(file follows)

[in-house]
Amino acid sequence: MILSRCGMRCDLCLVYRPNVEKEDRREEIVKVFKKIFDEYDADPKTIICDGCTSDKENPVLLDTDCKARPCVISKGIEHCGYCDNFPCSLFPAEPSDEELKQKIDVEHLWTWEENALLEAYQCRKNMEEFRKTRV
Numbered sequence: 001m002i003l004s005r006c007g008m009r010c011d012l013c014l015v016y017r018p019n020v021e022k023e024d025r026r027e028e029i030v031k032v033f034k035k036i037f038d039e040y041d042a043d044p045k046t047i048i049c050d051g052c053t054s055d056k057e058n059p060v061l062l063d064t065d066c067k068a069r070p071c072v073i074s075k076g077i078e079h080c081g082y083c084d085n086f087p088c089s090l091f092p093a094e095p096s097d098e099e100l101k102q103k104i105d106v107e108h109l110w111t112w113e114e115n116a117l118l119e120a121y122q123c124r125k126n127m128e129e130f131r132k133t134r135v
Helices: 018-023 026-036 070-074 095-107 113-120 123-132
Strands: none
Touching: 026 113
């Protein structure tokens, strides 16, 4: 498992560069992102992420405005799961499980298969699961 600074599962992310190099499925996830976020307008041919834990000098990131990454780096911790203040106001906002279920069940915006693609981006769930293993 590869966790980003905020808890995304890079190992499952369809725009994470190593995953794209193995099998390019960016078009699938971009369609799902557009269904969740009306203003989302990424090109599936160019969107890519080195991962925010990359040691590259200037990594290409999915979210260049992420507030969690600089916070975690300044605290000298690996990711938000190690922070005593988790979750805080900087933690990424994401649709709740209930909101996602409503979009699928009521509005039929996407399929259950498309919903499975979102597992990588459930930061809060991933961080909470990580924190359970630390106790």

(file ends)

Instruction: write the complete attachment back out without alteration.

[in-house]
Amino acid sequence: MILSRCGMRCDLCLVYRPNVEKEDRREEIVKVFKKIFDEYDADPKTIICDGCTSDKENPVLLDTDCKARPCVISKGIEHCGYCDNFPCSLFPAEPSDEELKQKIDVEHLWTWEENALLEAYQCRKNMEEFRKTRV
Numbered sequence: 001m002i003l004s005r006c007g008m009r010c011d012l013c014l015v016y017r018p019n020v021e022k023e024d025r026r027e028e029i030v031k032v033f034k035k036i037f038d039e040y041d042a043d044p045k046t047i048i049c050d051g052c053t054s055d056k057e058n059p060v061l062l063d064t065d066c067k068a069r070p071c072v073i074s075k076g077i078e079h080c081g082y083c084d085n086f087p088c089s090l091f092p093a094e095p096s097d098e099e100l101k102q103k104i105d106v107e108h109l110w111t112w113e114e115n116a117l118l119e120a121y122q123c124r125k126n127m128e129e130f131r132k133t134r135v
Helices: 018-023 026-036 070-074 095-107 113-120 123-132
Strands: none
Touching: 026 113
């Protein structure tokens, strides 16, 4: 498992560069992102992420405005799961499980298969699961 600074599962992310190099499925996830976020307008041919834990000098990131990454780096911790203040106001906002279920069940915006693609981006769930293993 590869966790980003905020808890995304890079190992499952369809725009994470190593995953794209193995099998390019960016078009699938971009369609799902557009269904969740009306203003989302990424090109599936160019969107890519080195991962925010990359040691590259200037990594290409999915979210260049992420507030969690600089916070975690300044605290000298690996990711938000190690922070005593988790979750805080900087933690990424994401649709709740209930909101996602409503979009699928009521509005039929996407399929259950498309919903499975979102597992990588459930930061809060991933961080909470990580924190359970630390106790």